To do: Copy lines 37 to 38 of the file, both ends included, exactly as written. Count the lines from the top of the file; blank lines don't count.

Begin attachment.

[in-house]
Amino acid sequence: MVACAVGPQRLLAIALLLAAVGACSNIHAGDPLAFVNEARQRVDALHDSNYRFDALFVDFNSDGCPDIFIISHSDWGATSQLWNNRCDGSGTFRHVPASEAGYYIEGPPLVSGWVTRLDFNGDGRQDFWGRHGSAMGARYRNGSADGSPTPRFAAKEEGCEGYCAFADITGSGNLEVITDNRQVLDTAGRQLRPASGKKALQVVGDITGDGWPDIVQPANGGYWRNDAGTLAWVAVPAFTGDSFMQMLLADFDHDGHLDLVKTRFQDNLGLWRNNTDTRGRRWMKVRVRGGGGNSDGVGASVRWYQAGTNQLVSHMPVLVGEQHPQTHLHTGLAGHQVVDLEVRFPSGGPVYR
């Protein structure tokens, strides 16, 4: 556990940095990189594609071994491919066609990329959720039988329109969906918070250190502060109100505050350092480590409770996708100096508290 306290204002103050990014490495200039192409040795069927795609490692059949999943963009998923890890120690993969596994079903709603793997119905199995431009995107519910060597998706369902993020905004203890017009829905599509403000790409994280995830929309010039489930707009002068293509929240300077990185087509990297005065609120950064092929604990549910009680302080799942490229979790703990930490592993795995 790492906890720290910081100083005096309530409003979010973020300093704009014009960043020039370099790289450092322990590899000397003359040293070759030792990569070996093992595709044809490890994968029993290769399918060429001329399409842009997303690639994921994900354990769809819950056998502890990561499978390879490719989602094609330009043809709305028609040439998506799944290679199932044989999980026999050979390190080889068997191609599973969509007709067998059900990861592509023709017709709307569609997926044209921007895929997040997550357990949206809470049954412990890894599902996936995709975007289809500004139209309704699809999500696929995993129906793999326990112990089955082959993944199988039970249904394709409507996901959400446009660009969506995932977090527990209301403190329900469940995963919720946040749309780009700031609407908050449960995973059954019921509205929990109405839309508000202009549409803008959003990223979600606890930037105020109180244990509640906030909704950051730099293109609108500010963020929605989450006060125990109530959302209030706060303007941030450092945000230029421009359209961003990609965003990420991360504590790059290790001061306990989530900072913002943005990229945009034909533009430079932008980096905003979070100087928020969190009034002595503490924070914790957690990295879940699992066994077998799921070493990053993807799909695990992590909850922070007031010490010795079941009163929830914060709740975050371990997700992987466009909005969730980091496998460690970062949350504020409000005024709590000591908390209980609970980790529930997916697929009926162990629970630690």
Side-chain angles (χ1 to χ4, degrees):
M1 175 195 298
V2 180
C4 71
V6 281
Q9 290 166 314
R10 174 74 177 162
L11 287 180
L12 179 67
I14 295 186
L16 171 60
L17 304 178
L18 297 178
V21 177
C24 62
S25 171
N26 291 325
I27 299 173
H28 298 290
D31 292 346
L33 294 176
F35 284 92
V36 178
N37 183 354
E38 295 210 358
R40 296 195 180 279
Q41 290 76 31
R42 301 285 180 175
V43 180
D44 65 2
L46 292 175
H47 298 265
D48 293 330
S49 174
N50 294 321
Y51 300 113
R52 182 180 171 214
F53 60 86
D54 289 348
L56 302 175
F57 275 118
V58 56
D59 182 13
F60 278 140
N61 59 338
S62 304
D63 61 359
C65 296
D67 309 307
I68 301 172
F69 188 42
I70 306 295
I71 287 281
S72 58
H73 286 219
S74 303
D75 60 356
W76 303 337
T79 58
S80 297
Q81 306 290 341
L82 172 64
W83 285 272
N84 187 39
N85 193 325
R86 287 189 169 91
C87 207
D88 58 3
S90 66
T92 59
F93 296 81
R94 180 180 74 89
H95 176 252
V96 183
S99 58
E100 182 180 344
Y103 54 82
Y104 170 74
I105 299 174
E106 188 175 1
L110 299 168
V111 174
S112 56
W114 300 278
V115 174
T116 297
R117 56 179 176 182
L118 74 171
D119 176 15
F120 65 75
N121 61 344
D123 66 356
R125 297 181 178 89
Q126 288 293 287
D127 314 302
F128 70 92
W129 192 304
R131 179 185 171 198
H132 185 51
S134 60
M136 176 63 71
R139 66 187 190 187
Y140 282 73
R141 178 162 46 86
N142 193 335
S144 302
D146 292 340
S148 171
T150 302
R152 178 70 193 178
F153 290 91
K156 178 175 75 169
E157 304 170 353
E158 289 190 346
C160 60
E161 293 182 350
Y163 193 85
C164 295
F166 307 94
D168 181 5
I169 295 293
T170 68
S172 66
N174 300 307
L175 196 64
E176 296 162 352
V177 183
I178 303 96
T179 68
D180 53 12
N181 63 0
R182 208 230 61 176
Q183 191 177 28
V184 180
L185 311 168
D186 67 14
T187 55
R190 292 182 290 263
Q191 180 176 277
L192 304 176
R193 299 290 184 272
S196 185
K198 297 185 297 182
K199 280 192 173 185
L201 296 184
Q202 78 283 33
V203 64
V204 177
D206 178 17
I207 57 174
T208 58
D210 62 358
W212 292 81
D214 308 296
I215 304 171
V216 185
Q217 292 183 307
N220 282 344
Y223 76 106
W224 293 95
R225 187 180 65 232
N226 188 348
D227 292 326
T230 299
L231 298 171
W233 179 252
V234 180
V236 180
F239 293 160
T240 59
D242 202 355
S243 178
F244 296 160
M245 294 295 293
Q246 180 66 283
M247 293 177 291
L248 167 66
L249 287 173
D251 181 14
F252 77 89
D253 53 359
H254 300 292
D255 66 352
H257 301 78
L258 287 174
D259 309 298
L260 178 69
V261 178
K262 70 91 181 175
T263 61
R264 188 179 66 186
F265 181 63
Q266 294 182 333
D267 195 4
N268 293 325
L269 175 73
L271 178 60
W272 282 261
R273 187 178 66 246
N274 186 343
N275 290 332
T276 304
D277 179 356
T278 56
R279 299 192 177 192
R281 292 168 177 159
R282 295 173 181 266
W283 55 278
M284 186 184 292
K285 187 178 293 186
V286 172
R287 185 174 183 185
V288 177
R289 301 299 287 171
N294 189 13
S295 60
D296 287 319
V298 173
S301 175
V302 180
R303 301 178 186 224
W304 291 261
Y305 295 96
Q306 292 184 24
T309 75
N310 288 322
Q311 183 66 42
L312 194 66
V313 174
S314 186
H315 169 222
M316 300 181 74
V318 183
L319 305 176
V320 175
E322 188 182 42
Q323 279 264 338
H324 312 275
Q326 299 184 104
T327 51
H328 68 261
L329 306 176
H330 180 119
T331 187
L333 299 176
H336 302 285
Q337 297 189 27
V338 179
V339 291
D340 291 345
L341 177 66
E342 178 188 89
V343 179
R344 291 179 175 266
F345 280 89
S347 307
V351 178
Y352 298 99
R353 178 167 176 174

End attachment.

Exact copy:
S49 174
N50 294 321